I’ll hang on to the pedals for now, too. Maybe I’ll remove the toe clips and put the Miyata pedals on my Raleigh (the winter bike). I just put new clipless pedals on the Giant so I could get the hang of using bike shoes. So far, I like going clipless. I bought a pair of cheap, comfortable, attractive bike shoes that don’t make me sound like a tap dancer when I walk around. But I also like to hop on my bike and ride without having to wear special clothes. I plan to get some dual platform pedals so I have the option of wearing street shoes and bike shoes. More on my pedal adventures in another post, once I’ve put enough miles on them to give a more informed opinion.

Tomorrow I’ll clean and polish the salvaged components, and figure out if I need a new chain when I swap out the bottom bracket and crankset. I’ll a little sad about the dead frame, but given the great vintage components I was able to salvage, I still got a good deal.

Immigrant Song

My husband sent me an email to tell me that there was a cool bike on Cragislist for sale for $25. I’d been looking for a new bike. More accurately, I’d been casually looking for a new bike project into which I might funnel some of my ADHD energy and hyper-attention, but this week I did not look at Craigslist. I’d moved on to other things. I actually have two minor bike projects in progress, and I’m not really a bike project person. I’m curious more than anything. My husband rebuilt a bike a couple of years ago, and it’s a beautiful thing. This spring he replace the failing shifters and brakes on a Giant Innova I bought for $50 in 2005, but never rode much. In the past couple of months I’ve added trekking bars (to make it more comfortable to ride), fenders, saddle and a bell. I also have a Raleigh comfort bike, which I’d like to make the “winter bike,” but I haven’t done much on it.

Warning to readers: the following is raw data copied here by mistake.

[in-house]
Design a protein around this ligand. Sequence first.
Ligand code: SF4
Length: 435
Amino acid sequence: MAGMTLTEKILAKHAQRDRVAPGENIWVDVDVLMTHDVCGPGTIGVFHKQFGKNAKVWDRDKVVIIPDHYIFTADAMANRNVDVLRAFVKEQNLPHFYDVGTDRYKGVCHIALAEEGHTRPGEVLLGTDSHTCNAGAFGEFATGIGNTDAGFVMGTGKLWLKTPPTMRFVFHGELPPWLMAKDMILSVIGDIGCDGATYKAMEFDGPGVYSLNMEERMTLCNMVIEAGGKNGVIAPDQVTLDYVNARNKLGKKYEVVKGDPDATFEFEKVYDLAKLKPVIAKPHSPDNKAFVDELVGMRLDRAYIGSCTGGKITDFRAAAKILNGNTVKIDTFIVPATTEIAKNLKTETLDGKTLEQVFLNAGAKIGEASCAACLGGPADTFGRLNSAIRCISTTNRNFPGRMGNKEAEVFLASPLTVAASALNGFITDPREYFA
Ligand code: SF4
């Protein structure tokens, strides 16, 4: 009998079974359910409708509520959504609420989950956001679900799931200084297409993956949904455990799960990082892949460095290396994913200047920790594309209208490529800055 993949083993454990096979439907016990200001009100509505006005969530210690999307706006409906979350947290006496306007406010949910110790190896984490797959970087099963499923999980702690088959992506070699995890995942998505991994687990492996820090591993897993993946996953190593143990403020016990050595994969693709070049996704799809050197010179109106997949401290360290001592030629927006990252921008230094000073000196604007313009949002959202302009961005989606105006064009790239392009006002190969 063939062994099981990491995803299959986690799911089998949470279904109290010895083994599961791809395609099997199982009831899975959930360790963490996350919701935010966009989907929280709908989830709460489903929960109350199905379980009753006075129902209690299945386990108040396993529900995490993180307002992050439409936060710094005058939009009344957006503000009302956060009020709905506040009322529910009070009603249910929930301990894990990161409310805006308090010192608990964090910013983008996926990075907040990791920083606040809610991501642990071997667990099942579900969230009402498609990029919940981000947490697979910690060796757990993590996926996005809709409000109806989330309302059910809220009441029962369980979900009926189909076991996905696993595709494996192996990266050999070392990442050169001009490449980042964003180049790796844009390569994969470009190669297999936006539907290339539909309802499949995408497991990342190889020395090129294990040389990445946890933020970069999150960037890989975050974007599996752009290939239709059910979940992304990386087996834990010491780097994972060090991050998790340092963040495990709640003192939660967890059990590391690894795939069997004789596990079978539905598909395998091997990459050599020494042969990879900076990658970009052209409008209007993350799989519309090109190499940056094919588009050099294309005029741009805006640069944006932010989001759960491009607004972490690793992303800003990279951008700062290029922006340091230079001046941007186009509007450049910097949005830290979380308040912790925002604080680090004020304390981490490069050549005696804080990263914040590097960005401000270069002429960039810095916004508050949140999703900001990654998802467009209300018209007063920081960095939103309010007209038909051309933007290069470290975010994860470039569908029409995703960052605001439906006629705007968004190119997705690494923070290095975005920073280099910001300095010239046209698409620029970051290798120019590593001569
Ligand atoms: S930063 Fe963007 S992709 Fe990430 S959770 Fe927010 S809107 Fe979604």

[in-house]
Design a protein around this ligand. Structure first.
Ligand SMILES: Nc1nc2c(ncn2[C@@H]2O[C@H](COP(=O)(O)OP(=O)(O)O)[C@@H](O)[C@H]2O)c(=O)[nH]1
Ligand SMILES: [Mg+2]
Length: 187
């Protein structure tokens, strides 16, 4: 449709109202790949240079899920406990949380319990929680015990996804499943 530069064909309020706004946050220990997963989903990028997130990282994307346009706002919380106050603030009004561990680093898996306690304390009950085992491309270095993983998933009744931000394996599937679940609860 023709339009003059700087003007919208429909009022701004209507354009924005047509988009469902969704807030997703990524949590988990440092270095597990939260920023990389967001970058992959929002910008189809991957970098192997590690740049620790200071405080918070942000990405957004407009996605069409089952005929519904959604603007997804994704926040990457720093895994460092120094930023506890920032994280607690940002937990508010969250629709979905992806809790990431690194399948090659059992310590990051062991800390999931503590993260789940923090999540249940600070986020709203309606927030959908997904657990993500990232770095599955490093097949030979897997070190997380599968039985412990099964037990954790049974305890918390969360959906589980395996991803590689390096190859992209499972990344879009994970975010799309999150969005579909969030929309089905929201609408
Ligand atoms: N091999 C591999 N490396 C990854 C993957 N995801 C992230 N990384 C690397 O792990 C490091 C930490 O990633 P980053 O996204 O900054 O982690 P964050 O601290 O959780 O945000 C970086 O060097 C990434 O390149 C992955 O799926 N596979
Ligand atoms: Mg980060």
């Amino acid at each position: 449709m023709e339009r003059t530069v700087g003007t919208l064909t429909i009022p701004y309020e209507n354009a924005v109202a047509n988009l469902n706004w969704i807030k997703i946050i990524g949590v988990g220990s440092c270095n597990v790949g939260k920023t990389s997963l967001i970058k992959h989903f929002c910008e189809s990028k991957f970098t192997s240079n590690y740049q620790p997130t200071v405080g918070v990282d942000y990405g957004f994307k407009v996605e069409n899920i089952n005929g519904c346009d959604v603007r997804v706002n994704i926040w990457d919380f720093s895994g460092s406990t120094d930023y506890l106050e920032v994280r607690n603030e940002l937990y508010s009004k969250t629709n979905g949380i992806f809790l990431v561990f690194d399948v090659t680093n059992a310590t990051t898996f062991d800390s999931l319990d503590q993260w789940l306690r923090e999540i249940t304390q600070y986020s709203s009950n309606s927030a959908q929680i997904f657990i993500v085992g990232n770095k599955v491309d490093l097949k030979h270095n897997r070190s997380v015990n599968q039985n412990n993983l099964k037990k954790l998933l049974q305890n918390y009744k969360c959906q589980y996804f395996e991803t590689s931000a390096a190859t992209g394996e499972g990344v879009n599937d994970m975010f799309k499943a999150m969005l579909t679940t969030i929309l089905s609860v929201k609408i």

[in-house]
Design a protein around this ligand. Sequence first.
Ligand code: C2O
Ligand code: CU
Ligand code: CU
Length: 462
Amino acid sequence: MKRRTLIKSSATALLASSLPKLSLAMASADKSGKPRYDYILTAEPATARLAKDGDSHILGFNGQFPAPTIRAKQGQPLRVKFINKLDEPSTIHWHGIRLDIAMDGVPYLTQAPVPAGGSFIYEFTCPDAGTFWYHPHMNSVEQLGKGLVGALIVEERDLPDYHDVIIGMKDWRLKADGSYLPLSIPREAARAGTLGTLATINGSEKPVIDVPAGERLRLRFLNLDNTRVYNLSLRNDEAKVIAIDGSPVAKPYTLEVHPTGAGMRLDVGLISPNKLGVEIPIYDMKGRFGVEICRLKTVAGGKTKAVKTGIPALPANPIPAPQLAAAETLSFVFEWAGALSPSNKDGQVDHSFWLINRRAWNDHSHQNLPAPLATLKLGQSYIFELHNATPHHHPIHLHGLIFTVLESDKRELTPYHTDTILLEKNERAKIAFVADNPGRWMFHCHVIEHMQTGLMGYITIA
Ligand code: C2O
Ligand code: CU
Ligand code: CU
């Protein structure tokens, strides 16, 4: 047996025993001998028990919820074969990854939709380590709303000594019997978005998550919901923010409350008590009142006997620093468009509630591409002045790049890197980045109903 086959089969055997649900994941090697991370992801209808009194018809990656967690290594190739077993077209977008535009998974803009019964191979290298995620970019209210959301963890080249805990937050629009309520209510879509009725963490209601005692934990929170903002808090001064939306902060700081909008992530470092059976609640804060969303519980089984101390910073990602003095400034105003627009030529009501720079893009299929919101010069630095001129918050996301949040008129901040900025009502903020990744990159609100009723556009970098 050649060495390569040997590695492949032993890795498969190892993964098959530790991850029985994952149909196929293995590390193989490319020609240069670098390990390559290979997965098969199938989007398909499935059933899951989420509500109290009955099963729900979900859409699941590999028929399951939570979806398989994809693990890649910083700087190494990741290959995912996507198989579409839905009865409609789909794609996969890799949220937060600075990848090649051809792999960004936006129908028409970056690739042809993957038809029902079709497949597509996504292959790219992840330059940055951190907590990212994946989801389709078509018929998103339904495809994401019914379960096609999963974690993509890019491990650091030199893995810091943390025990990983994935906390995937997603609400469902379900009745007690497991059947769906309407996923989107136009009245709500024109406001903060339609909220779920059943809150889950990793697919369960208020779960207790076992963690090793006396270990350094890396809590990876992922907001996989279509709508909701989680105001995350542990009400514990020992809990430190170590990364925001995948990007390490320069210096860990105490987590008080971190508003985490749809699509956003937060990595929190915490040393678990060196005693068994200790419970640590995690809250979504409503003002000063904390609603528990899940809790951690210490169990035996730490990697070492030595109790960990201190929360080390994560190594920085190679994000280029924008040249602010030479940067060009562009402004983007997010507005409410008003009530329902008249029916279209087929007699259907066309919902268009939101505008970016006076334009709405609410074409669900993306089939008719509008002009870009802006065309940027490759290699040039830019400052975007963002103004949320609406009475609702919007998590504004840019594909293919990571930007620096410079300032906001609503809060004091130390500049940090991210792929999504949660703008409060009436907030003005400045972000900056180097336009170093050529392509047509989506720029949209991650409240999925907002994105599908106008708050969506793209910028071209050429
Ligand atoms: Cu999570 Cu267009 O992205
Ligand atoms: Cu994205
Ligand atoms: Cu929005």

I’m a very casual and inconsistent rider. I use my bike to get me around town, go grocery shopping, run errands, etc. Occasionally I’ll go on a long ride with my husband. I’m trying to ride more, because I really love riding, and it’s something the whole family, with our diverse interests, could do together. So I’m making more time for biking. When I make more time for an activity, I explore every facet of that activity (see the above paragraph about ADHD. It’s a thing).

So anyway, while I’d been looking for a new bike, I had not looked at Craigslist yet. I had other things to think about, so I told the husband to call the owner and we’d check it out. $25? Sure, why not. I’d been looking at slightly more expensive bikes with the intention of maybe fixing something up and selling the Giant. In reality, my bike project aspirations had waned in recent days. At the end of the month I’m having surgery, which will take me off bikes for a few weeks anyway. On Tuesday, as I waited to have an EKG, I got a text from the husband. He needed an answer. Did I want to get the bike or not? It was mine for the $25 if I wanted it. Okay, fine, I texted back.

We picked up the bike later that evening. One owner. It came with the manual. It’s not in ridable condition. It’s got some rust, the rear wheel is warped, and the front derailleur is cracked. That’s a first glance diagnosis by my casual rider/not a bike mechanic eye. This is not a little refurb project like the Giant. This is a rebuild project. That’s fine with me. I like projects. Perhaps I’ll eat my words in a year, but today, this week, I’m excited to rebuild this bike, slowly, as time and money allow.

Wednesday (yesterday), I tried to scrape some of the rust off to see how bad it is, and took a ton of pictures. My younger daughter and I rode up to Aubuchon for rust removal stuff (Naval Jelly, gloves, a wire brush, and candy), then Bicycle World for a light for me and a bell for her; and then to Green Fields Market for a free apple courtesy of my Bicycle Benefits sticker.  When we got home, Ingrid did a little re-rusting of her Electra cruiser, and I cleaned up the handlebars on my Raleigh. Wednesday night I rode across town and played a really intense session of Monsterhearts.

So let’s take a look at what we have, shall we? Click on any picture to start the slide show.